Tim Wharnsby - Wednesday Jan. 8, 2014 00:53

Martin St. Louis emotional, but says little about Team Canada snub

Veteran left off Olympic hockey team for 2nd time

Martin St. Louis has 19 goals and 40 points in 43 games so far in the 2013-14 season. (Trevor Hagan/Reuters)
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A game-winner and an empty-net goal from Martin St. Louis was the immediate byproduct of his Olympic rejection from his Tampa Bay Lightning boss Steve Yzerman. 

But it was crystal clear after the Lightning's 4-2 win in Winnipeg against the Jets that the 38-year-old St. Louis was hurt Yzerman left him off him off the Canadian Olympic team's 25-player roster earlier on Tuesday.

It was the second time Yzerman has kept St. Louis out of an Olympic sweater after he played for Canada in 2006.

"You know for team Canada, you guys can't imagine how I feel," St. Louis told reporters following his career game-winning goal No. 64. "Obviously, I'm extremely disappointed. Let's just leave it at that."

When another reporter asked a follow-up question about the slight, he cut off the cross examiner and asked if anybody had a question about the Lightning's win.

Yzerman delivered the bad news to his captain with a phone call on Tuesday morning. The Canadian Olympic team executive director did not want to get into specifics as to why St. Louis did not make the roster nor did Yzerman want to divulge the nature of the conversation between he and St. Louis, other than to say St. Louis was emotional.

Yzerman reiterated several times in different interviews that the final roster decisions were made as a group. He could have overruled the rest of the management team and coaching staff. But the general feeling among the group was that there were more qualified candidates on the right side in Steven Stamkos, Corey Perry, Jeff Carter and Patrick Sharp.

Even if Stamkos doesn't recover from his broken right tibia in time for Sochi or the Canadian team suffers an injury among the right wingers, it is believed that Claude Giroux or James Neal would be next in line.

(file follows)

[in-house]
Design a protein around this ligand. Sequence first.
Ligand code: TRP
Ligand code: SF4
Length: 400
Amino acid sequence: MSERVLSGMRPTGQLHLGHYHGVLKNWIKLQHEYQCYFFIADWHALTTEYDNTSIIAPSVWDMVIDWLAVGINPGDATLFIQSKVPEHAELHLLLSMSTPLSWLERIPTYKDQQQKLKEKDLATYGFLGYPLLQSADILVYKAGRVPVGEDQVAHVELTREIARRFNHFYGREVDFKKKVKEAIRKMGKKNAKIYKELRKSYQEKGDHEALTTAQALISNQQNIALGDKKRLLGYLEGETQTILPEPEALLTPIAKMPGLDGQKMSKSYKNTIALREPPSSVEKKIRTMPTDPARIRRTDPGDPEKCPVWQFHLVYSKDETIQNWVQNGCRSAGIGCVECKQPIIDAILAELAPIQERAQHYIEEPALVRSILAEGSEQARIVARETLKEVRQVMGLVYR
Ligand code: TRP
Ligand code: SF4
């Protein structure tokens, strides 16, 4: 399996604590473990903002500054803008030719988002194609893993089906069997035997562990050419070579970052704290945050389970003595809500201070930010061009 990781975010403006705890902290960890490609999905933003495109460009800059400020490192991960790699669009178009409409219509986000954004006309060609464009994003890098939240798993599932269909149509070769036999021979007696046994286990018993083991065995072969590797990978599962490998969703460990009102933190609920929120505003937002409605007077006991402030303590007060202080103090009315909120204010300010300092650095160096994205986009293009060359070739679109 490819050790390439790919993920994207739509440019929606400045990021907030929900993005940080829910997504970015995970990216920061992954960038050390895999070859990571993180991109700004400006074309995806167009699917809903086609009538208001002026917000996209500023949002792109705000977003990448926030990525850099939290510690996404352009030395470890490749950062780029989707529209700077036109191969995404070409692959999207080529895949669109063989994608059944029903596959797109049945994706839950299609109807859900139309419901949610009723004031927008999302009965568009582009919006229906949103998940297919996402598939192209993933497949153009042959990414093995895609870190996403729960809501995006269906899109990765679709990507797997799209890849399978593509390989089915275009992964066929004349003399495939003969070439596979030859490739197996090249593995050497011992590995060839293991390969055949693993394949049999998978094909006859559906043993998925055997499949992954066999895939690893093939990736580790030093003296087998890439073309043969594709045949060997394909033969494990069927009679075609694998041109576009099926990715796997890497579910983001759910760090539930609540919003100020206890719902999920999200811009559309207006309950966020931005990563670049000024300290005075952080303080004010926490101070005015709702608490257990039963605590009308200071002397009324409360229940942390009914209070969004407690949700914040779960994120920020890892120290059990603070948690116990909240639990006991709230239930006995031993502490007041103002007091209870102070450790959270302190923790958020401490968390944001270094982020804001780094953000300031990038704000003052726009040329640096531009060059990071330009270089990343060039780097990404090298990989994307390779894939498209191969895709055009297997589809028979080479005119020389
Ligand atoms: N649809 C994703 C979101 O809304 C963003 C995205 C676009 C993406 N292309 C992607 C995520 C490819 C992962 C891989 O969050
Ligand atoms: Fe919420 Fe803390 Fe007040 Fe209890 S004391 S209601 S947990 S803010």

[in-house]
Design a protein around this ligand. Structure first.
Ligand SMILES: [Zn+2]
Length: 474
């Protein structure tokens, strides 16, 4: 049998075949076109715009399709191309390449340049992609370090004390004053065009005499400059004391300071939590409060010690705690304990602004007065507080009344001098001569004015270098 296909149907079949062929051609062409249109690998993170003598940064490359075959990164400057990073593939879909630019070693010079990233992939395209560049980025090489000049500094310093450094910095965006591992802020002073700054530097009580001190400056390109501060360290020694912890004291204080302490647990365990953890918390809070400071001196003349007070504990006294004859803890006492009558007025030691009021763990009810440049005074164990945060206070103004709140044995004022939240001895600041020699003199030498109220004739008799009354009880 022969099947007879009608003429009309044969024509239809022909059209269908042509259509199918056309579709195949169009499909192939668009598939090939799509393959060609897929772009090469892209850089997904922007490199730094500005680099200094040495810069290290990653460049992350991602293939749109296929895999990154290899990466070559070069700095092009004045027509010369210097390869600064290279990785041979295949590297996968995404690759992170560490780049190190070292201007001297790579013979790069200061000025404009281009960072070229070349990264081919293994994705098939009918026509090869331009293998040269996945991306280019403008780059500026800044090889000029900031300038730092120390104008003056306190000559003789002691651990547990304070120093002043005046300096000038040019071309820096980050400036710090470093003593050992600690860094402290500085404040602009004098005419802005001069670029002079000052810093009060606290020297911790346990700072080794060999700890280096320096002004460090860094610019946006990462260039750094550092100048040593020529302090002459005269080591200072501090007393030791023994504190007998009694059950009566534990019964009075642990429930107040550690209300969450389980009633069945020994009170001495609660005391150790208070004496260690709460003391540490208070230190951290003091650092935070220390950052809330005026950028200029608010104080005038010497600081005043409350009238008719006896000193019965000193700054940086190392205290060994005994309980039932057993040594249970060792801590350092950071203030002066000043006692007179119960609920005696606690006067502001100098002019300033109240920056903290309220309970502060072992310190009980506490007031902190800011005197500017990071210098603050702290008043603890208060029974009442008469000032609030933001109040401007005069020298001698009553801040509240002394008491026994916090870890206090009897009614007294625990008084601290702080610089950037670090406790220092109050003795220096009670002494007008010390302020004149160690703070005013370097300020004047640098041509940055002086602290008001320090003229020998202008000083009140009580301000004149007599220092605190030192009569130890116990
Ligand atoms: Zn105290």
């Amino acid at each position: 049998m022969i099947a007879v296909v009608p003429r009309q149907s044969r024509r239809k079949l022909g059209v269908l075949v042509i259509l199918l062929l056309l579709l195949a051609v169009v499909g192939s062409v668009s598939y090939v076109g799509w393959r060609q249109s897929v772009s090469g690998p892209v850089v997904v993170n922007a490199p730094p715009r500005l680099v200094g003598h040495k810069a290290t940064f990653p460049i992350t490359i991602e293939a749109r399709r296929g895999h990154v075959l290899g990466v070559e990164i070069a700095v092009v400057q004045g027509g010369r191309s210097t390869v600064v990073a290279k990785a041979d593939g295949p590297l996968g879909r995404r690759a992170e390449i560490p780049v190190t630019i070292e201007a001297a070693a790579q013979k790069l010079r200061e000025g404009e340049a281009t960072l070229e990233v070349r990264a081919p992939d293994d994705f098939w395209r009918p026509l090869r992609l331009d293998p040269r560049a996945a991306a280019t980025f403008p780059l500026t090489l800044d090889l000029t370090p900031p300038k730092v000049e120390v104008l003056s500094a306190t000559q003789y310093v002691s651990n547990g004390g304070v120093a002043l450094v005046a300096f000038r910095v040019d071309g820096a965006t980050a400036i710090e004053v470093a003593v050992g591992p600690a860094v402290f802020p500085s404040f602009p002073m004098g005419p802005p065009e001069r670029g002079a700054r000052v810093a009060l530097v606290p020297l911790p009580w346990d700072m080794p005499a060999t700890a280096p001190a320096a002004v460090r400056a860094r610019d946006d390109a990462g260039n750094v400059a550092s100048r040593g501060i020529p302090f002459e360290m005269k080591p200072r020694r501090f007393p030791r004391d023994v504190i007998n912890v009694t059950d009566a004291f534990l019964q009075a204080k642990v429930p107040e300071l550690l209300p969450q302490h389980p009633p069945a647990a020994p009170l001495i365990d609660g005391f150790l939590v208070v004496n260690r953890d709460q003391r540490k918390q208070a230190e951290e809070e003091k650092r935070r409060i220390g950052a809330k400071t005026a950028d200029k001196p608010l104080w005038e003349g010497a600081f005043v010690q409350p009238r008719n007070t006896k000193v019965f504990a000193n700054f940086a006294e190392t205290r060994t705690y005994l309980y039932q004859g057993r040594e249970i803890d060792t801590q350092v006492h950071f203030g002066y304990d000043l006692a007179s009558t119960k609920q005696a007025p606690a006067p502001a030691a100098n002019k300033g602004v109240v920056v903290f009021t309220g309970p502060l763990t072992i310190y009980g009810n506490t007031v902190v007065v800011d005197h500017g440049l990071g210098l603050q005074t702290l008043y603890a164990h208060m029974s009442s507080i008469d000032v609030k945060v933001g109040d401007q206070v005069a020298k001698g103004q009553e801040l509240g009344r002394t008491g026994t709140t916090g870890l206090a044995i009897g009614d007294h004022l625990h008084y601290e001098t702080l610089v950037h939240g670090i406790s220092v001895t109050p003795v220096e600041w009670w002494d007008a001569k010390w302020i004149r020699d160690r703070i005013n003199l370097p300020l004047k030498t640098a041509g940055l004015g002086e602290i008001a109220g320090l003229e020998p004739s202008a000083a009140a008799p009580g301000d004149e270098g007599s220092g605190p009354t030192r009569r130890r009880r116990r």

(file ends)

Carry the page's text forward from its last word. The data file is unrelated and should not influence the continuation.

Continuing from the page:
"It's tough," Stamkos said. "I don't know what more you can do or expect from him to be able to make the team. It's tough to see Marty as upset as he was. He worked extremely hard to get an opportunity to put himself in the mix.

"Hopefully, he can bounce back. We really need him on this team. He's been carrying the load. He's our leader. He's a warrior, a competitor. He's going to come out stronger, I think."

Last season, at 37, St. Louis became the oldest NHLer to win the Art Ross Trophy in the lockout-shortened year. He followed up that performance with 19 goals and 40 points in 43 games so far in the 2013-14 campaign.

Since the 2010 Olympics, nobody has produced more points than St. Louis.

  • Martin St. Louis (Tampa Bay) 296 points (271 games)
  • Steven Stamkos (Tampa Bay) 293 points (250 games)
  • Henrik Sedin (Vancouver) 291 points (278 games)
  • Daniel Sedin (Vancouver) 281 points (266 games)
  • Alex Ovechkin (Washington) 269 points (263 games)
  • Patrick Kane (Chicago) 269 points (268 games)

The Lightning was 12-5-0 when Stamkos broke his leg and has gone a remarkable 14-8-4 without its superstar sniper. St. Louis has played a big role in making sure Tampa Bay has remained in the playoff picture with efforts like he put forth on Tuesday.

In the morning, Lightning coach Jon Cooper was asked how he felt St. Louis was going to react to the bad news.

"Knowing Marty, this is probably going to motivate the snot out of him," Cooper said.

His two-goal effort against the Jets didn't change the coach's mind.

"That's why he's a champion," the Lightning coach said. "That's why he has a Stanley Cup Ring and that's why he's our captain. To go through something like that and respond the way he did, can't say enough about him."

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